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I come no more to make you laugh; things

now,
That bear a weighty and a serious brow,
Sad, high, and working, full of state and wo, w
Such noble scenes as draw the eye to flow,
We now present. Those that can pity, here
May, if they think it well, let fall a tear;
The subject will deserve it. Such, as give
Their money out of hope they may believe,
May here find truth too. Those, that come to see
Only a show or two, and so agree,
The play may pass; if they be still, and willing,
I'll undertake, may see away their shilling
Richly in two short hours. Only they,
That come to hear a merry, o play,
A noise of targets; or to see a fellow
In a long motley coat, guarded with yellow,
Will be deceiv'd: for, gentle hearers, know,
To rank our chosen truth with such a show
As fool and fight is, beside forfeiting
Our own brains, and the opinion that we bring
(To make that only true we now intend,”)
Will leave us never an understanding friend.
Therefore, for goodness' sake, and as you are

known
The first and happiest hearers of the town,
Be sad, as we would make ye: Think, ye see
The very persons of our oi. story,
As they were living; think, you see them great,
And follow'd with the general throng, and sweat,

Of thousand friends; then, in a moment, see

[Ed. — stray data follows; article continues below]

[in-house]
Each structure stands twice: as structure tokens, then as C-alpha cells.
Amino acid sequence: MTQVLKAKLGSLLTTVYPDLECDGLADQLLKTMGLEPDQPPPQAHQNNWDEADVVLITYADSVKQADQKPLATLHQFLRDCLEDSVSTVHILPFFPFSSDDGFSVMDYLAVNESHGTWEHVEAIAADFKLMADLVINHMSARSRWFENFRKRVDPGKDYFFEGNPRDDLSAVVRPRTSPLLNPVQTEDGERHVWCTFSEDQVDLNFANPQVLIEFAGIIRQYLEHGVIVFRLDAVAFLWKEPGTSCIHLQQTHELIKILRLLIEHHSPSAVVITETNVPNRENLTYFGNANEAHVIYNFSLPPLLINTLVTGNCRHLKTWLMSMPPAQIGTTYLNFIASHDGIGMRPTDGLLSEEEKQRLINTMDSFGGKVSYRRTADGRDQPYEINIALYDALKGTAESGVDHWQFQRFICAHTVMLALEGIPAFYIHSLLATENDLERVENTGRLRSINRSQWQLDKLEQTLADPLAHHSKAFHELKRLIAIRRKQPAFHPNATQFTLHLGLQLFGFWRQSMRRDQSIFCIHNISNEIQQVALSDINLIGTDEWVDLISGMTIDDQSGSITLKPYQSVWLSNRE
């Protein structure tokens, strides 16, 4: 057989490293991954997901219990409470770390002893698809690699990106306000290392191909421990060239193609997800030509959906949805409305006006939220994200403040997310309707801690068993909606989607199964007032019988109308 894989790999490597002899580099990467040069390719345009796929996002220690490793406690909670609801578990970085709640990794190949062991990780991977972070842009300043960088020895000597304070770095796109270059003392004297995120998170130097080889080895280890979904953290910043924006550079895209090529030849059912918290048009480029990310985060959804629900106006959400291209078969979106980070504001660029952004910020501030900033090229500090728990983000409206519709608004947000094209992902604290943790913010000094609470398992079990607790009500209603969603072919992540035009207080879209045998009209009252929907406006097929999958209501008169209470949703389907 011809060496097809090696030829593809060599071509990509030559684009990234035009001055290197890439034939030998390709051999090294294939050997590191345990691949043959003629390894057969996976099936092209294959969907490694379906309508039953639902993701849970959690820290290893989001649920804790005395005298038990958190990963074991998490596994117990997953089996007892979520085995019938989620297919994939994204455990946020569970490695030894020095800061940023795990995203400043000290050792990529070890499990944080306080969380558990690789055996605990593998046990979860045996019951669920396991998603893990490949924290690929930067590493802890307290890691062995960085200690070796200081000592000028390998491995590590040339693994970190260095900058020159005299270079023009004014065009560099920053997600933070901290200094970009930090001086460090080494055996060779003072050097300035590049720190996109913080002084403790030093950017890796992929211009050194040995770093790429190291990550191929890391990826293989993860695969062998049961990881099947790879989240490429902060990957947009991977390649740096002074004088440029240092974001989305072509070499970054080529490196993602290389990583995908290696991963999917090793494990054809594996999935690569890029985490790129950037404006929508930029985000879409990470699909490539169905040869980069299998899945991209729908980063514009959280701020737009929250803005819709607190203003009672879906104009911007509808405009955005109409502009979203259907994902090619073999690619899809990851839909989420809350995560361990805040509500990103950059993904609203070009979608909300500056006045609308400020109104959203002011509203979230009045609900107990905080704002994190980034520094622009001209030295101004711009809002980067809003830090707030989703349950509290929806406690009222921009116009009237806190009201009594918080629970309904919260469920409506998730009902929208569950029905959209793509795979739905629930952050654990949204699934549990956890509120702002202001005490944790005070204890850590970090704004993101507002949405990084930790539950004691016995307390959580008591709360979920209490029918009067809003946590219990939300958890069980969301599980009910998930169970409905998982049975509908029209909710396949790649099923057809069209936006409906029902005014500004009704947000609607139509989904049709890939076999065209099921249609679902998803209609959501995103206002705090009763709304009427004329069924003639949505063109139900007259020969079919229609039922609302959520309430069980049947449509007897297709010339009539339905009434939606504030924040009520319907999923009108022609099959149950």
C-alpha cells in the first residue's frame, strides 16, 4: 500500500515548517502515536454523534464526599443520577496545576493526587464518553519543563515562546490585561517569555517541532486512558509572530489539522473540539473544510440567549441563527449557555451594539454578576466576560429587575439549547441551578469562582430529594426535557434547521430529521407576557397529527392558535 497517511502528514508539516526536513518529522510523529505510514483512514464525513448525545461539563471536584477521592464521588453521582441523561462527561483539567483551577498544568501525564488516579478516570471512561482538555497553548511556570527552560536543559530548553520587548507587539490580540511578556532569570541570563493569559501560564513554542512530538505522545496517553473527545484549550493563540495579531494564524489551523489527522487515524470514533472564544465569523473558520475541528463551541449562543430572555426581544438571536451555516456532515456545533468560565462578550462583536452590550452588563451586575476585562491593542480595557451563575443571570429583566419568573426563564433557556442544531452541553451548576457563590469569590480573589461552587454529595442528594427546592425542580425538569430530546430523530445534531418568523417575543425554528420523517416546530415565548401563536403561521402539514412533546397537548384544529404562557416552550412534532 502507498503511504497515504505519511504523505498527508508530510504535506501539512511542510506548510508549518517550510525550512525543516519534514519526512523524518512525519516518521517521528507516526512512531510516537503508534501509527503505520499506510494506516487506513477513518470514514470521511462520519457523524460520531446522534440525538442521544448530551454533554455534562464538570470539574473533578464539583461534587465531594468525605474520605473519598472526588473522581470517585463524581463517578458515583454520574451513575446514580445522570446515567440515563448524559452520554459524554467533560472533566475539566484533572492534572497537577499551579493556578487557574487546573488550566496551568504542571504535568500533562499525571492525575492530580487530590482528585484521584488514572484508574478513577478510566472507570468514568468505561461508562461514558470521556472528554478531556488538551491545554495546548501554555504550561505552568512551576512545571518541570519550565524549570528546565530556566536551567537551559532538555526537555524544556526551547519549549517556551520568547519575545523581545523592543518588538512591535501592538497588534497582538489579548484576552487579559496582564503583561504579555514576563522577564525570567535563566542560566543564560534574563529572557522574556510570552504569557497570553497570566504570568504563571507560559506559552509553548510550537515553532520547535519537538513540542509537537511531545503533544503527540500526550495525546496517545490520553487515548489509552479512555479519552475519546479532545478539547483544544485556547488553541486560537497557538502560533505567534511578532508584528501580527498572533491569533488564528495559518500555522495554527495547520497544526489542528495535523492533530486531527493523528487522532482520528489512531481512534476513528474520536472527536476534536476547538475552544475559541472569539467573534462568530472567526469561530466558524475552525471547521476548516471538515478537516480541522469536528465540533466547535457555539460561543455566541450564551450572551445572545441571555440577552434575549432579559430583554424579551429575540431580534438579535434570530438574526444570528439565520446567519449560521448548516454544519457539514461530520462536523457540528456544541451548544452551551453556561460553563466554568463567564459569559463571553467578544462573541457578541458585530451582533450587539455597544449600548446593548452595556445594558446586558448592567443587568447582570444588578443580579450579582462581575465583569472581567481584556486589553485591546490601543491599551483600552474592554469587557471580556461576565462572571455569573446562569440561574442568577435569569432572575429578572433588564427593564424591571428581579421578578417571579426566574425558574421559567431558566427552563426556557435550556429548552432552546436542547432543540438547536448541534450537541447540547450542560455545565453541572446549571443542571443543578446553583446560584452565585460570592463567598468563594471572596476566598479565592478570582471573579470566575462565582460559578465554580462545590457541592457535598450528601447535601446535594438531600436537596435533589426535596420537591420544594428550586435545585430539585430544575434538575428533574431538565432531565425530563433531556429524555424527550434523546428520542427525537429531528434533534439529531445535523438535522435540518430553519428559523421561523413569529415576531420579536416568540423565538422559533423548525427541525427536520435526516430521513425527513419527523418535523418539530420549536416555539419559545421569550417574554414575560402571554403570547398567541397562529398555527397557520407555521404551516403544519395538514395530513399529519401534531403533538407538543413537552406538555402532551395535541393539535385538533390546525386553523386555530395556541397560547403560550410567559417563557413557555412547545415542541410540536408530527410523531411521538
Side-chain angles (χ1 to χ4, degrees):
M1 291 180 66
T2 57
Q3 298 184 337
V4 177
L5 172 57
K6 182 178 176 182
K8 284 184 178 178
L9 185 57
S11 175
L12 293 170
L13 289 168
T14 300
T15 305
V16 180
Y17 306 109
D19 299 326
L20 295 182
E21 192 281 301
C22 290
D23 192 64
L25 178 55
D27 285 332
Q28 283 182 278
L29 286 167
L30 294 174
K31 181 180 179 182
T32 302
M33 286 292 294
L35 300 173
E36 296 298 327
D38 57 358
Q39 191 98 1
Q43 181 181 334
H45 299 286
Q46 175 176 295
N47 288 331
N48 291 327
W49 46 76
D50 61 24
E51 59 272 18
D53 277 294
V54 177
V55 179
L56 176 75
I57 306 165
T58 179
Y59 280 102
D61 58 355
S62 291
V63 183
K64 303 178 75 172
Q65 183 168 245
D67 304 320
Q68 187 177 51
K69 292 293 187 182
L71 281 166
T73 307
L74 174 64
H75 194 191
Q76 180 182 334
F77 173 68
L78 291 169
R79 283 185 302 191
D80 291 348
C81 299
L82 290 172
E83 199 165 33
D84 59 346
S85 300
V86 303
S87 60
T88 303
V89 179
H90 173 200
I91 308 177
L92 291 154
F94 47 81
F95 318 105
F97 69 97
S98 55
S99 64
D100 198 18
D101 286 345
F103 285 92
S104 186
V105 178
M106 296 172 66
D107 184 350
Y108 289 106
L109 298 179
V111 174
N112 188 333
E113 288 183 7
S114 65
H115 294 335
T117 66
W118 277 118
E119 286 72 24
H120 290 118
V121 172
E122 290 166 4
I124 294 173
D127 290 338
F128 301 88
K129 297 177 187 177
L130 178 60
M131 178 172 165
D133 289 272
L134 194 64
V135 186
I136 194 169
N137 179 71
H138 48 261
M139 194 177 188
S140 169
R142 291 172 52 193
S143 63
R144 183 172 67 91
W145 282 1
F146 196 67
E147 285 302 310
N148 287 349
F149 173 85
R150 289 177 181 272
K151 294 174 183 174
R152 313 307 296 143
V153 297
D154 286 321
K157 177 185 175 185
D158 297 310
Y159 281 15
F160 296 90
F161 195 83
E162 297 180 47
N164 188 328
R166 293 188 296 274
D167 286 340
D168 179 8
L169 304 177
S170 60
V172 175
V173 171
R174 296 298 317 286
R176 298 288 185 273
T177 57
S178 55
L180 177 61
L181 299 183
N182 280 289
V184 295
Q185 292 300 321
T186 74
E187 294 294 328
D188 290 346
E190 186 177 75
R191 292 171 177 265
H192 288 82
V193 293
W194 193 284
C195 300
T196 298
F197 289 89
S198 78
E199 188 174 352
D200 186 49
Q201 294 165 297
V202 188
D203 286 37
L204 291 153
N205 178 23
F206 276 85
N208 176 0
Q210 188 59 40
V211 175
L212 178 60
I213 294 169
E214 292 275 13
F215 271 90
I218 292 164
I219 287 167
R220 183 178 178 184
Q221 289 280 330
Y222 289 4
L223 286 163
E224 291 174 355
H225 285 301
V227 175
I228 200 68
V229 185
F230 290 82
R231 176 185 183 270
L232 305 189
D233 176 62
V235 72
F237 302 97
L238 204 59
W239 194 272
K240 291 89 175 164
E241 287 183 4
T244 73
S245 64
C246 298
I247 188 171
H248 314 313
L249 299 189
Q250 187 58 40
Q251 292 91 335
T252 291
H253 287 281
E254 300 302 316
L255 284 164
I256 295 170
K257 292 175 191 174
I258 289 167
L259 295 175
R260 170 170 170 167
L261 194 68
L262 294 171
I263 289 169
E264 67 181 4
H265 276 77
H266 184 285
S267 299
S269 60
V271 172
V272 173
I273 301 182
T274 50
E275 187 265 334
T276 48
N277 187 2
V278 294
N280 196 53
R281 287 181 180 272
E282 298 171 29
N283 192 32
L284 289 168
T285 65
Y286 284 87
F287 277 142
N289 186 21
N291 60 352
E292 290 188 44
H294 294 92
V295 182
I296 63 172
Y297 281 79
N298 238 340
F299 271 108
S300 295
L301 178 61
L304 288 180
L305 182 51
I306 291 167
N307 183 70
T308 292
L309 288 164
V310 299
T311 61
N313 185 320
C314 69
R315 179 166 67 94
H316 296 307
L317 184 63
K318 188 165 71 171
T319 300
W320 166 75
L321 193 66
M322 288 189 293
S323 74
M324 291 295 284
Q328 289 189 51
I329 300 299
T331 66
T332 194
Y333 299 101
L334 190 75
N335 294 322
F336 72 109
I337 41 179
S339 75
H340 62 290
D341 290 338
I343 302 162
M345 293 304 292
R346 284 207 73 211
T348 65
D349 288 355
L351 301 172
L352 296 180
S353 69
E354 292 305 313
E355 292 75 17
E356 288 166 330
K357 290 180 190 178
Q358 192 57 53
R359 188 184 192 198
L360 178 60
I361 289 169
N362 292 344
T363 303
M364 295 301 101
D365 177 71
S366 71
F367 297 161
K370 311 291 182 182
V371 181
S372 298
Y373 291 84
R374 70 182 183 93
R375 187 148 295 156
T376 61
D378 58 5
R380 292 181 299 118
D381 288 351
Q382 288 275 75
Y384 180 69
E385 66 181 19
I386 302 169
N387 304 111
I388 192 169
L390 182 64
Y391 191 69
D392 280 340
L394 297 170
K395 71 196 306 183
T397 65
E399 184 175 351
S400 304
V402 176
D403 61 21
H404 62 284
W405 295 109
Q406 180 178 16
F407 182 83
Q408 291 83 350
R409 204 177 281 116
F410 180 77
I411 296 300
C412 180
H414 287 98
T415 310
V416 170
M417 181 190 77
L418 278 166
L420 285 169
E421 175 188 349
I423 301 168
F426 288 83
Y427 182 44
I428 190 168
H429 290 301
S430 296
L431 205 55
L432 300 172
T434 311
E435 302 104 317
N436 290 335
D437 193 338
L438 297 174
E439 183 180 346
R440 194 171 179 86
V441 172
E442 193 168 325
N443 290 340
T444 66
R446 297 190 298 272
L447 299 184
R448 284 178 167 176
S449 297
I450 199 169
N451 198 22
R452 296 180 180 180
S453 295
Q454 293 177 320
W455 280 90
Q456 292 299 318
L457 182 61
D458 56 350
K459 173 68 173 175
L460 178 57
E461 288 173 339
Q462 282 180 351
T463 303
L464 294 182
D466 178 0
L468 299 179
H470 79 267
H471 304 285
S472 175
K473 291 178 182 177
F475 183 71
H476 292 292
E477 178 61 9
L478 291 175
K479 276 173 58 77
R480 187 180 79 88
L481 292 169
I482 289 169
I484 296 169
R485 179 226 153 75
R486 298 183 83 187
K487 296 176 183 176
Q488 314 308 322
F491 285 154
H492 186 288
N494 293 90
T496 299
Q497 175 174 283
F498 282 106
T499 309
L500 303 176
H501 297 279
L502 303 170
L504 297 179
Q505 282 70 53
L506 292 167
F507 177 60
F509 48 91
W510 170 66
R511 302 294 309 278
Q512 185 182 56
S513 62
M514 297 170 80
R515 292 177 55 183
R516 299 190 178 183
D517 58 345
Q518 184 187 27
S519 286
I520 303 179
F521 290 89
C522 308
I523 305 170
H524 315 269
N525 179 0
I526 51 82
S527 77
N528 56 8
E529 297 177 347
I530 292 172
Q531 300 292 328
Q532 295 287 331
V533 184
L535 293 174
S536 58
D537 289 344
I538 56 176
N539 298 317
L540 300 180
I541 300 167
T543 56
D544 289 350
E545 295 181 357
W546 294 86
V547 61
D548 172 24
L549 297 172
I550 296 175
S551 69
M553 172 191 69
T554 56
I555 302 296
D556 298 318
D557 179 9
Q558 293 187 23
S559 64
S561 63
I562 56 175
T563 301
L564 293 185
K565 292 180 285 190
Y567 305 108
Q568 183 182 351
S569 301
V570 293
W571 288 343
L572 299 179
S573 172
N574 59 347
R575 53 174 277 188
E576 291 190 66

How soon this mightiness meets misery'
And, if you can be merry then, I'll say,
A man may weep upon his wedding-day.

(1) Laced. (2) Pretend.

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SCE.WE I–London. An antechamber in the
Palace. Enter the Duke of Norfolk, at one door;
at the other, the Duke of Buckingham, and the
Lord Abergavenny.

Buckingham.

GOOD morrow, and well met. How have you
done,
Since last we saw in France?
or. I thank your grace:

Healthful; and ever since a fresh admirer
Of what I saw there.

Buck. An untimely ague
Stay'd me a prisoner in my chamber, when
Those suns of glory, those two lights of men,”
Met in the vale of Arde.

JNoor. "Twixt Guynes and Arde: I was then present, saw them salute on horseback; Beheld them, when they lighted, how they clung In their embracement, as they grew together; Which had they, what fourthron'd ones could have

weigh'd

Such a compounded one?

Buck. All the whole time
I was my chamber's prisoner.

.Wor. Then you lost
The view of earthly glory: Men might say,
Till this time, pomp was single; but now married
To one above itself. Each following day
Became the next day's master, till the last
Made former wonders it's: To-day, the French,
All clinquant," all in gold, like heathen gods,
Shone down the English: and, to-morrow, they

(3) Henry VIII, and Francis I. king of France. (4) Glittering, shining.

Made Britain, India: every man, that stood,
Show'd like a mine. Their dwarfish pages were
As cherubims, all gilt: the madams too,
Not us'd to toil, did almost sweat to bear
The pride upon them, that their very labour
Was to them as a painting: now this mask
Was cry'd incomparable; and the ensuing night
Made it a fool, and The two kings,
Equal in lustre, were now best, now worst,
As presence did present them; him in eye,
Still him in praise; and, being present both,
'Twas said, they saw but one; and no discerner
Durst wag his tongue in censure. When these suns
(For so o * them,) by their heralds chal-
en

The noble i. to arms, they did perform Beyond thought's compass; that former fabulous story, ing now seen ible enough, got credit, That Bevisa ... , go O, you go far.

Buck.